Welcome to the real world, Mr. Prime Minister
Bill Maher tickles the funny bone or rubs people the wrong way. It depends on your political leanings. He does what all good comedians are supposed to: capture the zeitgeist – and gives it a comedic twist.
His humour is based on what all good comedy is based on: the blunt truth.
To those on the righteous left, he is a late night jester, the guy who Donald Trump sued for $5 million because Maher, “monkeying” around one day said, in jest, he would donate $5 million to a charity if Trump – then a loud mouth real estate tycoon and reality TV star – could prove he wasn't "the spawn of his mother having sex with an orangutan."
The Orange One took great offence, and of course, threatened to sue.
This took place in 2013 when Trump was still leading the Obama birther movement and hadn’t yet decided if he wanted to be president.
To those on the right, Maher is a smart-alecky lefty doyen who once donated $1 million to a Barack Obama election campaign and takes wicked delight in sticking it to the neo-cons and the hypocrites, especially those in the evangelical movement.
But like all good social commentators, Maher is an equal opportunity offender. He blurs the political lines when he takes his schtick to the airwaves.
His first effort was the popular series Politically Incorrect. Its swelling audience gathered around the fire to listen in on the truth, unfiltered. The host eviscerated comically addled Hollywood do-gooders and connected Democrats in the same breath as the manic Wall Street money-makers and country club Republicans. They are all one and the same, they just live in different bubbles.
When advertisers grew wary of his growing popularity and the truth got too hot to handle, his network deal and the name of his show were taken away.
He doubled down on the place in the middle where he stands in his current HBO hit series, Real Time with Bill Maher. On it, he often runs a segment called ‘Inside the Bubble.’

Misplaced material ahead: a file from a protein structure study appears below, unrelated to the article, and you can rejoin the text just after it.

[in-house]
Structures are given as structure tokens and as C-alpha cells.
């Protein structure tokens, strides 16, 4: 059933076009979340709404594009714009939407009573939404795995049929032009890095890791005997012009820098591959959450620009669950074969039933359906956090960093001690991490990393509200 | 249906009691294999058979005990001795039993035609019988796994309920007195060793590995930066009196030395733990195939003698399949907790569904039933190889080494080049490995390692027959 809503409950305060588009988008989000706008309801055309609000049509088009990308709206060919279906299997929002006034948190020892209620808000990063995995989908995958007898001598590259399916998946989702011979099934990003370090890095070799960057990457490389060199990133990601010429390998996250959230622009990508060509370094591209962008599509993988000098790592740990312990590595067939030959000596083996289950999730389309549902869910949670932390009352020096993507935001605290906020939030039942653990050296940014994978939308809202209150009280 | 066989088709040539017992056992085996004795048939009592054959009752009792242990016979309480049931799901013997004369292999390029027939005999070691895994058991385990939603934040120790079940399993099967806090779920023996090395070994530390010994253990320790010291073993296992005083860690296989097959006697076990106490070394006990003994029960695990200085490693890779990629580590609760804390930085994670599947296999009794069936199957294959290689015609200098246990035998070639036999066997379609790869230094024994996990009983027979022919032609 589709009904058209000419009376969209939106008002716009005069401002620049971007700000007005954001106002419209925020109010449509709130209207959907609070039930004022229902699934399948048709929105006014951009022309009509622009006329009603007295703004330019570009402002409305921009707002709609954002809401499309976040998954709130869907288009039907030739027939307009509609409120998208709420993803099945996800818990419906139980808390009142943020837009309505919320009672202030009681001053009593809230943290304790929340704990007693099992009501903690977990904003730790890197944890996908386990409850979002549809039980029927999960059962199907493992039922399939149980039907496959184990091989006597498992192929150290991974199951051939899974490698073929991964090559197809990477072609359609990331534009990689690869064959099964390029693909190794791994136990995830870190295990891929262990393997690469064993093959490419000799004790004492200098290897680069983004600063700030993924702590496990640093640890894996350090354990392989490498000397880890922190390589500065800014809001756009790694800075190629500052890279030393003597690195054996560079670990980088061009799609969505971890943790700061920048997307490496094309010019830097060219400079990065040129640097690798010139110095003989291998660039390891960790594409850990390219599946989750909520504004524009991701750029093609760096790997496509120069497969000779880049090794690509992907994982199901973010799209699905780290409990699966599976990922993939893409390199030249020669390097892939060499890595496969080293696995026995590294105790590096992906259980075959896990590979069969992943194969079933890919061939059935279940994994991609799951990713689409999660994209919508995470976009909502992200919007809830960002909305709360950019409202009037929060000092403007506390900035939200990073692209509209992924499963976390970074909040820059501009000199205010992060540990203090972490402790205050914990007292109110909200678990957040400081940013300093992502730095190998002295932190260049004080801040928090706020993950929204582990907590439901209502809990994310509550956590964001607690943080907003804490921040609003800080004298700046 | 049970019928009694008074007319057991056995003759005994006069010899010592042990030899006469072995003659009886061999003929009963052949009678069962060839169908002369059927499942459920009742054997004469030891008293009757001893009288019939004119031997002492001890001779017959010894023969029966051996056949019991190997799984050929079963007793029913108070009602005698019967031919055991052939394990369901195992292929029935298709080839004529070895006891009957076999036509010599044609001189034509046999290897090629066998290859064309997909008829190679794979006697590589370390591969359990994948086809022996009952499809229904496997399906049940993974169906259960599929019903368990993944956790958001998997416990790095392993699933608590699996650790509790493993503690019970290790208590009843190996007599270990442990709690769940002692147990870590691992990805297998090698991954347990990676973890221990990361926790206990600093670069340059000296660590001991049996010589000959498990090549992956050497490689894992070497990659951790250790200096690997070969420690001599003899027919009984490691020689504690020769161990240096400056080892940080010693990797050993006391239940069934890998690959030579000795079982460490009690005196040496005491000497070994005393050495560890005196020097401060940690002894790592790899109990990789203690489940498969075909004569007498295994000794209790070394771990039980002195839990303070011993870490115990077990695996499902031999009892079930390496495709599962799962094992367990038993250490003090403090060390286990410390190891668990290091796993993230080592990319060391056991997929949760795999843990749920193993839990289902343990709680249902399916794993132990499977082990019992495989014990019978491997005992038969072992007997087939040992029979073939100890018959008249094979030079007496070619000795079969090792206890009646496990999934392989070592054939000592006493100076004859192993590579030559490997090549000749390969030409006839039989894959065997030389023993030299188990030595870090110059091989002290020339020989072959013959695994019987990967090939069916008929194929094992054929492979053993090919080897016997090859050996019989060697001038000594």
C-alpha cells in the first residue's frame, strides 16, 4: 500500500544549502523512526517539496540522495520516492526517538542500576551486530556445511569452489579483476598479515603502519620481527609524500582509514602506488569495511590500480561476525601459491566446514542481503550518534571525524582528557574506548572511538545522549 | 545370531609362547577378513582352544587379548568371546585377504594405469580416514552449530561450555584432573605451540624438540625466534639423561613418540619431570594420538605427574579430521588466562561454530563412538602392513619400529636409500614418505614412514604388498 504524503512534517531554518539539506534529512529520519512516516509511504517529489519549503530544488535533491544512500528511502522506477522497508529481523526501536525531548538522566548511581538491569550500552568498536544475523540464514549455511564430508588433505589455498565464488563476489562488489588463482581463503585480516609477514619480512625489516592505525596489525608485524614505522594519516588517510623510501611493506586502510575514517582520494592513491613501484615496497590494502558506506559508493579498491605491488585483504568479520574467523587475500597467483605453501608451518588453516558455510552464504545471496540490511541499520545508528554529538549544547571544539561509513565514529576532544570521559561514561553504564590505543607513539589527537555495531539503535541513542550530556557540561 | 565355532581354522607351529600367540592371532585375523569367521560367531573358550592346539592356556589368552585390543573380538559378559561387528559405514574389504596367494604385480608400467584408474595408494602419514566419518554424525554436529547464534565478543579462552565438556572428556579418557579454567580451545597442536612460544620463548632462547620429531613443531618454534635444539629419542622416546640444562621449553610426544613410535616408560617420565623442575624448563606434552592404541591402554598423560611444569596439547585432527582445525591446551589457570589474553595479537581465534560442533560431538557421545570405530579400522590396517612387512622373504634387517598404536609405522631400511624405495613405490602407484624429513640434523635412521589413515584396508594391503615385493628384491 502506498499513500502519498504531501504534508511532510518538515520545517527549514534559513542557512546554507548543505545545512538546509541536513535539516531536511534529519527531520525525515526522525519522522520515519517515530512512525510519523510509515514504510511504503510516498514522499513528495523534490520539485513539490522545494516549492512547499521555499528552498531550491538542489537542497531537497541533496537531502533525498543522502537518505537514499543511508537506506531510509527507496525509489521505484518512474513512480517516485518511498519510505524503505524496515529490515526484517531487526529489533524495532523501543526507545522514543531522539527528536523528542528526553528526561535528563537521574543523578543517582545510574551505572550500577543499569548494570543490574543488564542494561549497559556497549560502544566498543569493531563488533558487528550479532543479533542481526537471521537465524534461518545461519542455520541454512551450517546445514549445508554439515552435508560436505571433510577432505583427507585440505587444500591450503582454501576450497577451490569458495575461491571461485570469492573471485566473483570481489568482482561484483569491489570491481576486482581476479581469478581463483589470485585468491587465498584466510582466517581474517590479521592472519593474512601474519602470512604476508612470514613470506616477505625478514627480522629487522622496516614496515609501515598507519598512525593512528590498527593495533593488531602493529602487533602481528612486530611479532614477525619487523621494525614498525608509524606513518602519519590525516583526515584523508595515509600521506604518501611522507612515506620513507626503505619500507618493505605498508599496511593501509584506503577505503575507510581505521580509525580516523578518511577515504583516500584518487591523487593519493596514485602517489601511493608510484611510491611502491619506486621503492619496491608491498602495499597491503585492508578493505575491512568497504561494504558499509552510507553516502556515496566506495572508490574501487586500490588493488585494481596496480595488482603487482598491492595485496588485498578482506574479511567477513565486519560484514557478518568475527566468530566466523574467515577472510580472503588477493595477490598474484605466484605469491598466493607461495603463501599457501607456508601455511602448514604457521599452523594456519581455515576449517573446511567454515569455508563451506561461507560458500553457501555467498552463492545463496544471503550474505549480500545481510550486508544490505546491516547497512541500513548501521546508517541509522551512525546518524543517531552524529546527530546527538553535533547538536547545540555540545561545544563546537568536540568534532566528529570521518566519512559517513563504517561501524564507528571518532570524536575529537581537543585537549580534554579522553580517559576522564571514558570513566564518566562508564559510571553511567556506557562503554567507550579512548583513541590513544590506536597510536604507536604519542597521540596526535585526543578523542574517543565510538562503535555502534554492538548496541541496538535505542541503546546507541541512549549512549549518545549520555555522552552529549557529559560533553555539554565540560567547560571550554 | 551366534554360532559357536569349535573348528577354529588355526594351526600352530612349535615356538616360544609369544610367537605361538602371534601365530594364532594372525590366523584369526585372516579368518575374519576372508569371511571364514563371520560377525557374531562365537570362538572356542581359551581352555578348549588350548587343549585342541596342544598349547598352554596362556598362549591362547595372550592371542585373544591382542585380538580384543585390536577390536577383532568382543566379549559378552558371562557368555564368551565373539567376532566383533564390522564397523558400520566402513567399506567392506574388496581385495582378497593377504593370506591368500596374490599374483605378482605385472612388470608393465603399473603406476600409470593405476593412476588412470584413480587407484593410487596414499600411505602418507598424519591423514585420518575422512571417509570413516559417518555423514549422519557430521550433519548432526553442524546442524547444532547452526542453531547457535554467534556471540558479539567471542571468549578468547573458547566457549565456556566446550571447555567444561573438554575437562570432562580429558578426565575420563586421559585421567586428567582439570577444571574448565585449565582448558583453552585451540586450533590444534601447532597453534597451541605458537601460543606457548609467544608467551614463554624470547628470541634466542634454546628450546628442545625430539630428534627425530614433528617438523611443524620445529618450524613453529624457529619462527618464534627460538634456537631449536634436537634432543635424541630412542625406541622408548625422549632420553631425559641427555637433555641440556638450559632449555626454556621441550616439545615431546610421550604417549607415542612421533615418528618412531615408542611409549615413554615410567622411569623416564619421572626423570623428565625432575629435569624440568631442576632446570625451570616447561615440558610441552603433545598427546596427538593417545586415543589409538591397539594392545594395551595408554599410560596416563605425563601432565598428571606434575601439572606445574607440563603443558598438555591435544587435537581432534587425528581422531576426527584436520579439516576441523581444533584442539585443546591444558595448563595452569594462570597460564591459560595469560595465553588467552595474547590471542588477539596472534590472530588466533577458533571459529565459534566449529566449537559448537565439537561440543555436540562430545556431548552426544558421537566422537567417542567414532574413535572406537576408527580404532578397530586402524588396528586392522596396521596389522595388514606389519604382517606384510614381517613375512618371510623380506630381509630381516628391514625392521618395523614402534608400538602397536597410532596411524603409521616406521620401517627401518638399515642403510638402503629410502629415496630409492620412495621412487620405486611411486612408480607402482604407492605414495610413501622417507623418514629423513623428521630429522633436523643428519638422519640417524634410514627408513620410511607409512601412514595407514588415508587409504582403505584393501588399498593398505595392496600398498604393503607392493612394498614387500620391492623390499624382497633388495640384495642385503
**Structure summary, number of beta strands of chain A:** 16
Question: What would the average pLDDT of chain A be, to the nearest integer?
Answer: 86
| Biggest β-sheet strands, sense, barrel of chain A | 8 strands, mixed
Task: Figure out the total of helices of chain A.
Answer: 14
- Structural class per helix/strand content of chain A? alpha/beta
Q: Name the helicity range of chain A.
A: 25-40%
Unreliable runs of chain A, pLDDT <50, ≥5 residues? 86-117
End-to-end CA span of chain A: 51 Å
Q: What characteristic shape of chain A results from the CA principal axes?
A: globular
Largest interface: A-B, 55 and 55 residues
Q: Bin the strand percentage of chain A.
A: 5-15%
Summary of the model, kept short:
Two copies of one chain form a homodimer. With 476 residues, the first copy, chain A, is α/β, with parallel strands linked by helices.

Inside the bubble is where more and more of the educated classes choose to live. Even those not so fortunate, hide away in their bubbles, where leaders like Donald Trump and Justin Trudeau will one day make everything better. It’s where people who have been brought up to believe in one thing or another, reside for life, even if there is good evidence to convince them otherwise. They remain steadfast in their outlook, even if it is idiotic, dangerous, or perhaps racist. The bubble holds an eclectic mix, from flat-earthers to climate change deniers, the suburbanites in their gated communities and the ultra wealthy who live above us all, desperate to hoard more wealth, and don’t forget the white supremacists, and even the parlour socialists convinced their socially conscious privilege makes them part of a more enlightened group. They’re all living in a bubble.
Which brings us to our Prime Minister. This past week he emerged from his bubble long enough to apologize again and again and again for wearing brownface and a costume at an Arabian Nights event at a B.C. private school in 2001 where he was employed as a teacher.
“Now, I recognize it was something racist to do,” he said at an impromptu press conference on the airplane in Halifax this week, caught in the midst of the biggest controversy of the 2019 federal campaign.
Trudeau also said that while he was in high school he might have done a similar thing. He had, in blackface. Global News later revealed tape when again, he seemed to appear in blackface.
The picture of Trudeau, age 29, replete in turban and the other garb at the Vancouver event, was silly to some, and highly offensive to others. The outrage came from all sides: Conservative Andrew Scheer, NDP leader Jagmeet Singh, and those in the public who offered a more mixed bag of quotes, from disappointment to disgust. Some of these comments were re-heated from the last scandal to plague the Trudeau government, the SNC Lavalin affair. In that one, the PM was rebuked for pressuring his then attorney general Jody Wilson-Raybould to strike a plea bargain after SNC, the Montreal-based global engineering firm, was accused of bribery and corruption overseas. Wilson-Raybould eventually exited the Liberal party along with another cabinet member, Jane Philpott. Trudeau said he was just doing his job of saving jobs for Canadian workers.
This new broadside came from left field, but hit the bull’s-eye, and for the PM, brings into question his connectedness to those outside the one percent of upper income earners and his competency to be the leader of this nation.
The old adage, character is destiny, is very much in play here, or perhaps we should drudge up another one: the ending of a book is often captured in the first few pages.
Yes, Trudeau’s real character (or lack of it) was destined to be exposed by actions involved in SNC or in his impersonation of Aladdin. This is who he really is.
John Ivison, author of the recent book, Trudeau: The Education of a Prime Minister, captured much of our current PM’s proclivities for putting his foot in it in the dissection of his life before he became PM – including his time as a teacher at that private school in B.C..
The author said Trudeau has spent his life in the limelight, and even when he was a four-month old, then U.S. President Richard Nixon centred him out in a gala event in Ottawa by raising a toast “to the future prime minister of Canada – Justin Trudeau.”